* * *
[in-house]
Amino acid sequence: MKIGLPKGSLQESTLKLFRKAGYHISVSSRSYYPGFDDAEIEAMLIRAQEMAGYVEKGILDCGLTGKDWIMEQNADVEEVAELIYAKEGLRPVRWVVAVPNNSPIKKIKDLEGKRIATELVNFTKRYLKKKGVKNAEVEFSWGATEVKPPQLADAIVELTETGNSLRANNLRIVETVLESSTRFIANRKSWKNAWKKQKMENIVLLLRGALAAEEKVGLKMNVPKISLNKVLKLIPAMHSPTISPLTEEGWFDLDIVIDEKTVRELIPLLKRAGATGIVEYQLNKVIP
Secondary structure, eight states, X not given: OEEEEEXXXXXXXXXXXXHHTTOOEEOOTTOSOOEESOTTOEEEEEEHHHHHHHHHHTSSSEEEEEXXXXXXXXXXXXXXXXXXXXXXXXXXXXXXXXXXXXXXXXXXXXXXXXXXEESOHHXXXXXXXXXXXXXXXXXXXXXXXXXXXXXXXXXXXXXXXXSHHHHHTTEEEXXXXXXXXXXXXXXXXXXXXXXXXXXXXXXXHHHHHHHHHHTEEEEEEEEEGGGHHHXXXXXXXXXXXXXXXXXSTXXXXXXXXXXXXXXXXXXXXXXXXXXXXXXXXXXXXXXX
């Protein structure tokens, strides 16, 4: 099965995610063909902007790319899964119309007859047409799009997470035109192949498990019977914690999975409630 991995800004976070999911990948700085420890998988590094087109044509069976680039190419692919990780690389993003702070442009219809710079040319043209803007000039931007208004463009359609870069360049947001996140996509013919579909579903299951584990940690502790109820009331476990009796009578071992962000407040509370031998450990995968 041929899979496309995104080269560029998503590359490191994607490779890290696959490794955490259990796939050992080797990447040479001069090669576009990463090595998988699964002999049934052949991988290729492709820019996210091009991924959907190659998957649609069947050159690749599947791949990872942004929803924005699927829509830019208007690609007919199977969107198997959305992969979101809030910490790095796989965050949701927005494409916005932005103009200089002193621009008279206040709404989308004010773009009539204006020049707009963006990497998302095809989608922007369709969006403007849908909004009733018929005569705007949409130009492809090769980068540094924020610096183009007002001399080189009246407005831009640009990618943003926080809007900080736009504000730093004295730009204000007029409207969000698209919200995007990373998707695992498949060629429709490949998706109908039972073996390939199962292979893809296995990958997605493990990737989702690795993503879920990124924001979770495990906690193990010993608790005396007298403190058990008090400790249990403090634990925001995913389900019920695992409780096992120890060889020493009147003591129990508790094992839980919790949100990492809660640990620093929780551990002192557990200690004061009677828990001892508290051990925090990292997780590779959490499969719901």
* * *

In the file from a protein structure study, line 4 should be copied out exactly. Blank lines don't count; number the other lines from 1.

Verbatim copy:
């Protein structure tokens, strides 16, 4: 099965995610063909902007790319899964119309007859047409799009997470035109192949498990019977914690999975409630 991995800004976070999911990948700085420890998988590094087109044509069976680039190419692919990780690389993003702070442009219809710079040319043209803007000039931007208004463009359609870069360049947001996140996509013919579909579903299951584990940690502790109820009331476990009796009578071992962000407040509370031998450990995968 041929899979496309995104080269560029998503590359490191994607490779890290696959490794955490259990796939050992080797990447040479001069090669576009990463090595998988699964002999049934052949991988290729492709820019996210091009991924959907190659998957649609069947050159690749599947791949990872942004929803924005699927829509830019208007690609007919199977969107198997959305992969979101809030910490790095796989965050949701927005494409916005932005103009200089002193621009008279206040709404989308004010773009009539204006020049707009963006990497998302095809989608922007369709969006403007849908909004009733018929005569705007949409130009492809090769980068540094924020610096183009007002001399080189009246407005831009640009990618943003926080809007900080736009504000730093004295730009204000007029409207969000698209919200995007990373998707695992498949060629429709490949998706109908039972073996390939199962292979893809296995990958997605493990990737989702690795993503879920990124924001979770495990906690193990010993608790005396007298403190058990008090400790249990403090634990925001995913389900019920695992409780096992120890060889020493009147003591129990508790094992839980919790949100990492809660640990620093929780551990002192557990200690004061009677828990001892508290051990925090990292997780590779959490499969719901």